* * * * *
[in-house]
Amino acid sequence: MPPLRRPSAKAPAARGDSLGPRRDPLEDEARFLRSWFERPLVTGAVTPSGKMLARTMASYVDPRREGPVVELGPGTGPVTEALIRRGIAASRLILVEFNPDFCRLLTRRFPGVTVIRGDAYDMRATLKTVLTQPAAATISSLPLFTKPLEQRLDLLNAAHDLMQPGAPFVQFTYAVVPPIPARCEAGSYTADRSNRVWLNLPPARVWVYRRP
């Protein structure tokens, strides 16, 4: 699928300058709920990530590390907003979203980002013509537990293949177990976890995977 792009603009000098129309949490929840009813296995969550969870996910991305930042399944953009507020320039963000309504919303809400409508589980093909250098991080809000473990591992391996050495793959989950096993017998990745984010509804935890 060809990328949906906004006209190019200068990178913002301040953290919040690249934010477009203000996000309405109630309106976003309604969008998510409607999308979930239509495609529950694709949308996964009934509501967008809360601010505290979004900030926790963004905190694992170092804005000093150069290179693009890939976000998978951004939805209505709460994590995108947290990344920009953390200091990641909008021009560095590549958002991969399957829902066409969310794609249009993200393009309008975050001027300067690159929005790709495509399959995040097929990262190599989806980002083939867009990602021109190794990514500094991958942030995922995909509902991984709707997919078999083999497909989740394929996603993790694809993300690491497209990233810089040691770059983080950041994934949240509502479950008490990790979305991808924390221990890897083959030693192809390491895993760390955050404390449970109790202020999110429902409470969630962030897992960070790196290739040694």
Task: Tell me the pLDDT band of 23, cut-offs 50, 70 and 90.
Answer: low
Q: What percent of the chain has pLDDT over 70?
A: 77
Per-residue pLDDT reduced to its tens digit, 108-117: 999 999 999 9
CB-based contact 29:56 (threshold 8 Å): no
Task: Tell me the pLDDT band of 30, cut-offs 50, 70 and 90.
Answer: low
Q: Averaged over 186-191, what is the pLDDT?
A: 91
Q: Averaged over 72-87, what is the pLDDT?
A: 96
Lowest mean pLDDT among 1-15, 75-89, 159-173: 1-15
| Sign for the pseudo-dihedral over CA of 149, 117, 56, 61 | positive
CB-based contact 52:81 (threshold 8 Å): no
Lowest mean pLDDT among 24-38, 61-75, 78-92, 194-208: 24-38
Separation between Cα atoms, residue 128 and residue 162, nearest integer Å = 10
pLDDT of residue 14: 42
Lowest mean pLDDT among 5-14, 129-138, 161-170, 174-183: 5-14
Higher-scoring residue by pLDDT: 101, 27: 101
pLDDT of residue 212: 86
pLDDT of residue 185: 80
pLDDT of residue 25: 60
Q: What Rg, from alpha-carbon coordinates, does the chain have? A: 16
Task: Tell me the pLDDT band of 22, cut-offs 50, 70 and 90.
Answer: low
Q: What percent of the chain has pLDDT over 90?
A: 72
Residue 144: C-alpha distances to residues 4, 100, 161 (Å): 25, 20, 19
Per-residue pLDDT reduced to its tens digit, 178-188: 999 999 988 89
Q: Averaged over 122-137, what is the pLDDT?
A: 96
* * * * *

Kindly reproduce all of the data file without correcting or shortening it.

[in-house]
Amino acid sequence: MPPLRRPSAKAPAARGDSLGPRRDPLEDEARFLRSWFERPLVTGAVTPSGKMLARTMASYVDPRREGPVVELGPGTGPVTEALIRRGIAASRLILVEFNPDFCRLLTRRFPGVTVIRGDAYDMRATLKTVLTQPAAATISSLPLFTKPLEQRLDLLNAAHDLMQPGAPFVQFTYAVVPPIPARCEAGSYTADRSNRVWLNLPPARVWVYRRP
């Protein structure tokens, strides 16, 4: 699928300058709920990530590390907003979203980002013509537990293949177990976890995977 792009603009000098129309949490929840009813296995969550969870996910991305930042399944953009507020320039963000309504919303809400409508589980093909250098991080809000473990591992391996050495793959989950096993017998990745984010509804935890 060809990328949906906004006209190019200068990178913002301040953290919040690249934010477009203000996000309405109630309106976003309604969008998510409607999308979930239509495609529950694709949308996964009934509501967008809360601010505290979004900030926790963004905190694992170092804005000093150069290179693009890939976000998978951004939805209505709460994590995108947290990344920009953390200091990641909008021009560095590549958002991969399957829902066409969310794609249009993200393009309008975050001027300067690159929005790709495509399959995040097929990262190599989806980002083939867009990602021109190794990514500094991958942030995922995909509902991984709707997919078999083999497909989740394929996603993790694809993300690491497209990233810089040691770059983080950041994934949240509502479950008490990790979305991808924390221990890897083959030693192809390491895993760390955050404390449970109790202020999110429902409470969630962030897992960070790196290739040694």
Task: Tell me the pLDDT band of 23, cut-offs 50, 70 and 90.
Answer: low
Q: What percent of the chain has pLDDT over 70?
A: 77
Per-residue pLDDT reduced to its tens digit, 108-117: 999 999 999 9
CB-based contact 29:56 (threshold 8 Å): no
Task: Tell me the pLDDT band of 30, cut-offs 50, 70 and 90.
Answer: low
Q: Averaged over 186-191, what is the pLDDT?
A: 91
Q: Averaged over 72-87, what is the pLDDT?
A: 96
Lowest mean pLDDT among 1-15, 75-89, 159-173: 1-15
| Sign for the pseudo-dihedral over CA of 149, 117, 56, 61 | positive
CB-based contact 52:81 (threshold 8 Å): no
Lowest mean pLDDT among 24-38, 61-75, 78-92, 194-208: 24-38
Separation between Cα atoms, residue 128 and residue 162, nearest integer Å = 10
pLDDT of residue 14: 42
Lowest mean pLDDT among 5-14, 129-138, 161-170, 174-183: 5-14
Higher-scoring residue by pLDDT: 101, 27: 101
pLDDT of residue 212: 86
pLDDT of residue 185: 80
pLDDT of residue 25: 60
Q: What Rg, from alpha-carbon coordinates, does the chain have? A: 16
Task: Tell me the pLDDT band of 22, cut-offs 50, 70 and 90.
Answer: low
Q: What percent of the chain has pLDDT over 90?
A: 72
Residue 144: C-alpha distances to residues 4, 100, 161 (Å): 25, 20, 19
Per-residue pLDDT reduced to its tens digit, 178-188: 999 999 988 89
Q: Averaged over 122-137, what is the pLDDT?
A: 96